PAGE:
Photographs of the Minoan Palace of Malia by the author.


Hurrians and Hurrian in Minoan Crete: Indices & glossaries 1

Overall there is a great unity of evidence visible in all Minoan palatial centres, villas and farm-houses. The administrative clay tablets with Linear A inscriptions offer mainly lists of personal names, consisting of Hurrian ‘sentence names’ and so-called ‘one-word’ names comparable with those from Near-Eastern and Anatolian centres. It is significant that we find both ‘Old Hurrian’ names and ‘Mitanni-Hurrian’ names in the Minoan centres as in the Near East and Anatolia. The ‘Old Hurrian’ names contain ‘Old Hurrian’ verbal forms and the ‘Mitanni-Hurrian’ show verbal forms that we know from the Tušratta letter.

It is clear that Linear B inherited many features from Linear A, especially the majority of syllabic and ideographic signs, signs for weights and measures and numeral signs (that show a decimal system). Linear A used, however, also many ligatures, of which some turn out to represent theonyms, notably NUBES+pi 100 (HT 33.4) = ‘Cloud’+pi, which appears to be a rebus-like notation of the ‘God of clouds’ = Tešub+pi > Tešuppi (genitive) ‘of Tešub’ followed by qe+pa3 = ḫe+pa3 100 (HT 33.4) = (Tešub’s wife) Ḫebat, both followed by the high number of 100. Linear A has also signs for fractions, which Linear B seems to miss. In the Old Linear A grids Linear A sign 91 (showing graphic identity with Linear B sign *78) was still conventionally rendered as qe (labio-velar + e), but the actual phonetic value of Linear A 91 is ḫe (voiced velar fricative + e), which is the value of this sign in the new Linear A grid. The same applies to Linear A sign 62, that was formerly transliterated as qa (like the graphically identical Linear B sign *16 = *qa), but that is in the new Linear A grid ḫa. The author has proved with many confirmatory matches that Linear A sign 96 (and its variant sign 68) can be identified as ḫi. Among the many new identifications are some interesting ethnics: Linear A ku-re-96 (HT 39.2; HT 117b.1), transliterated as ku-re-ḫi = Ḫurr=e=ḫi  ‘Hurrian’, twice attested at Hagia Triada,  and conventionally transliterated qa-ti-96 2 (ZA 14.2), interpreted as Ḫattiḫi, Ḫatt=i=ḫi, ‘man/woman of the land Ḫatti’ = the Hurrian name for ‘Hittite’ occurring at Kato Zakro.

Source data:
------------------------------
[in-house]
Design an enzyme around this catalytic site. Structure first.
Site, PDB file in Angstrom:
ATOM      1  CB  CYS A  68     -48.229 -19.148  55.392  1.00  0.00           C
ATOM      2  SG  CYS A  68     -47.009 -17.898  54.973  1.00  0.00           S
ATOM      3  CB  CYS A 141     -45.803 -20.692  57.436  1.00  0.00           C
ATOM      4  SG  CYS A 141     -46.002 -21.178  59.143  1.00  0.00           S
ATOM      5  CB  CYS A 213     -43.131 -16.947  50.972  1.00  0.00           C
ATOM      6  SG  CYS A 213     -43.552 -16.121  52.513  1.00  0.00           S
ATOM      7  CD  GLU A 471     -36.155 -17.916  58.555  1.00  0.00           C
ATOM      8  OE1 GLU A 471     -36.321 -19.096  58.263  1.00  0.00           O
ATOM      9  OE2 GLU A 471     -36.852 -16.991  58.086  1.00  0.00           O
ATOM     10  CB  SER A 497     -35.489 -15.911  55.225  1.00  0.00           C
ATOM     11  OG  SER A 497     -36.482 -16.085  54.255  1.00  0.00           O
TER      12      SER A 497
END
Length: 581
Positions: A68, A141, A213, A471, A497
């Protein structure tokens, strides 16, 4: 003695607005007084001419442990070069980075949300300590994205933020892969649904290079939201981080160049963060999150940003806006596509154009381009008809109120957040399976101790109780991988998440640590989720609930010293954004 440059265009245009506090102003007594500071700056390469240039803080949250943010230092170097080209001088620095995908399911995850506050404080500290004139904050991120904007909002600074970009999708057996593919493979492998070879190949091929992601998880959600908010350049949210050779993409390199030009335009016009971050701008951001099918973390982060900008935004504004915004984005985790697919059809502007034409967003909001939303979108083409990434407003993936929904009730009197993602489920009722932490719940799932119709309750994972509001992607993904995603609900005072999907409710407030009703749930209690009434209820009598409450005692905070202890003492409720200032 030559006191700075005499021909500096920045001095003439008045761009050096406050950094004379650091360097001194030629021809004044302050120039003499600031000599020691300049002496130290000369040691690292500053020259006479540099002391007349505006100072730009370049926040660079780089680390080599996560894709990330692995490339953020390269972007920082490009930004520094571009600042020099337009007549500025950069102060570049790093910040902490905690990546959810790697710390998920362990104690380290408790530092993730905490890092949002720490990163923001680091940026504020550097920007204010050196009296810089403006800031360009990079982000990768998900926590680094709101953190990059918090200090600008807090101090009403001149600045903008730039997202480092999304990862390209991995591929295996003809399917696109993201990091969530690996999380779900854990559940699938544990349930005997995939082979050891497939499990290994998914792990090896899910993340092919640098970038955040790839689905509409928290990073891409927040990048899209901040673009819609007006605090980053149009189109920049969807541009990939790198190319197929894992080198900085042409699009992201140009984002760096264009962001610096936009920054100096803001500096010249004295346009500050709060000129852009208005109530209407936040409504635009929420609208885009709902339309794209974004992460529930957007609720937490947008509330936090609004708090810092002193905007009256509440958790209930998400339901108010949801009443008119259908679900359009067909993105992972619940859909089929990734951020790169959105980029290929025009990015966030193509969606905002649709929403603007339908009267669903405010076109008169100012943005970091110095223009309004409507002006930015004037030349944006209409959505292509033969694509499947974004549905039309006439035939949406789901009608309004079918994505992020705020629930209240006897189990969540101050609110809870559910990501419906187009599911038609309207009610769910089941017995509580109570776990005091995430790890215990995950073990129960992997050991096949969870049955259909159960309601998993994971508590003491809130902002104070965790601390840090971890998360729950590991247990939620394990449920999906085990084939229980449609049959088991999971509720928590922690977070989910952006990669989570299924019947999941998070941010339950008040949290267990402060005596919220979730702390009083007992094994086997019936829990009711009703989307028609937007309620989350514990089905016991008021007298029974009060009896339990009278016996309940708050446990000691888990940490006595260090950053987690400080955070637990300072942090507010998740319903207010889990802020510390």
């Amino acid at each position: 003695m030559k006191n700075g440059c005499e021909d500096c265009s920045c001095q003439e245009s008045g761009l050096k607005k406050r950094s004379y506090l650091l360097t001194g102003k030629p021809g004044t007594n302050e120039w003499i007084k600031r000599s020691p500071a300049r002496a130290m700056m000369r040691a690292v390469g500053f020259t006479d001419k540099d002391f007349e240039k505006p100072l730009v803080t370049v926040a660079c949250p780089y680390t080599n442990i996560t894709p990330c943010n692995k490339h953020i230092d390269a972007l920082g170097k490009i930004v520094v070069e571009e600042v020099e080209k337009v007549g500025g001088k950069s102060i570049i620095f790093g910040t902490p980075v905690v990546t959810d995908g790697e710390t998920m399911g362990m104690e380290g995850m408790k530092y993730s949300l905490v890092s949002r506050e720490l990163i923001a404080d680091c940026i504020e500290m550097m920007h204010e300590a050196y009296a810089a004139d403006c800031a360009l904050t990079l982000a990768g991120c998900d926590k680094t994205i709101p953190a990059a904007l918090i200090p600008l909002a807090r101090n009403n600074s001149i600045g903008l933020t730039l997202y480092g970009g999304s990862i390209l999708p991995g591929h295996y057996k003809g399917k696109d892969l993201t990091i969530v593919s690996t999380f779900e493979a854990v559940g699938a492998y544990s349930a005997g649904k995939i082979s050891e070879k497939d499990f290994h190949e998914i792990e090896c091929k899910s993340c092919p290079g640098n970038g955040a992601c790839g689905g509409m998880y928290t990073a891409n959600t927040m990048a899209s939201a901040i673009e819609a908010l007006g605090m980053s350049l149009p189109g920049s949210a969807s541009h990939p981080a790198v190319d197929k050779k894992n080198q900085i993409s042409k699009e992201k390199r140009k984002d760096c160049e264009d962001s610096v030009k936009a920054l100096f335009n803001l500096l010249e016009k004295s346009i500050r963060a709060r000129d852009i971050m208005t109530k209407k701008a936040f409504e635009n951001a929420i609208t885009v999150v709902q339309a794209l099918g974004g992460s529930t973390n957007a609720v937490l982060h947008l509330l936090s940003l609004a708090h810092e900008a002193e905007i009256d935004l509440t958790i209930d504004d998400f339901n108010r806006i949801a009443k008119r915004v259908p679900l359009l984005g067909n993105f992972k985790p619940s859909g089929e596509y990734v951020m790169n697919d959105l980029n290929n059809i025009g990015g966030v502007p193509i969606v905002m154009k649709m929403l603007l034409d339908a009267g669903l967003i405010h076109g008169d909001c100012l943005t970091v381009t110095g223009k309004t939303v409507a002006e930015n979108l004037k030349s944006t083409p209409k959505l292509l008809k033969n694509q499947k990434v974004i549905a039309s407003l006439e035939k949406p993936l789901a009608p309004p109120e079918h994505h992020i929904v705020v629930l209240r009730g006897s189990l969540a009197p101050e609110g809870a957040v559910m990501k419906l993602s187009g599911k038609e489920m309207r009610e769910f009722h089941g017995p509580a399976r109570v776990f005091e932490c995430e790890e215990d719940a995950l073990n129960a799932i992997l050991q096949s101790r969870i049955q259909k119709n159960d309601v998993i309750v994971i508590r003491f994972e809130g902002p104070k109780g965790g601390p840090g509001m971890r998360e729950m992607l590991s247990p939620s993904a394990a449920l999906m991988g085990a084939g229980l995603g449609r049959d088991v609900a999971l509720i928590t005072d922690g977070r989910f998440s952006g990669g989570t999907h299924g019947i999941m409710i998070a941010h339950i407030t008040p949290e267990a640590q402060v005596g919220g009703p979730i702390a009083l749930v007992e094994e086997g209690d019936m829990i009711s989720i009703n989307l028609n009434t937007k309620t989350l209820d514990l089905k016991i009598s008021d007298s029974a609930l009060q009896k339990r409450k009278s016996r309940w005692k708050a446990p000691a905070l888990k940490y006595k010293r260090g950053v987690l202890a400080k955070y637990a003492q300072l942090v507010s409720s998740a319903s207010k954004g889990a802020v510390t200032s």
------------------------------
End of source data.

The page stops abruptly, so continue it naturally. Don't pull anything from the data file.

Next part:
There are many resemblances between Linear A and B, but also some differences. Most remarkable is the apparent lack of syllabic sequences describing products as we sometimes encounter in Linear B. The most likely reason is the very small size of the Linear A tablets, on which the Minoan scribes used ideograms that clearly and simply indicated vessels, commodities, animals, people, etc., whereas the Linear B scribes had enough space to add more detailed information to the ideograms. An exception is tablet HT 31 from Hagia Triada, where syllabic sequences are written on top of ideograms of vessels providing specific information on provenance and contents of the vessels.

Other exceptions are grammatical combinations like da-qe-ra , qe-pi-ta 22 JE  FIC  15 J | (HT 6a.6-7), d/taḫe=ra Ḫebitta (< *Ḫebit=wa) ‘with a man (a priest ?) for Ḫebit/Ḫebat’ (Hurrian suffix -ra marks the comitative case and suffix -wa the dative).

ISBN: 9789083275420

Author: Peter G. van Soesbergen

Publisher: Peter G. van Soesbergen

Pub date: 22 Sep 2022

Edition: Third completely revised and extended edition

Language: English

Number of pages: 520

Height: 297 mm

Width: 210 mm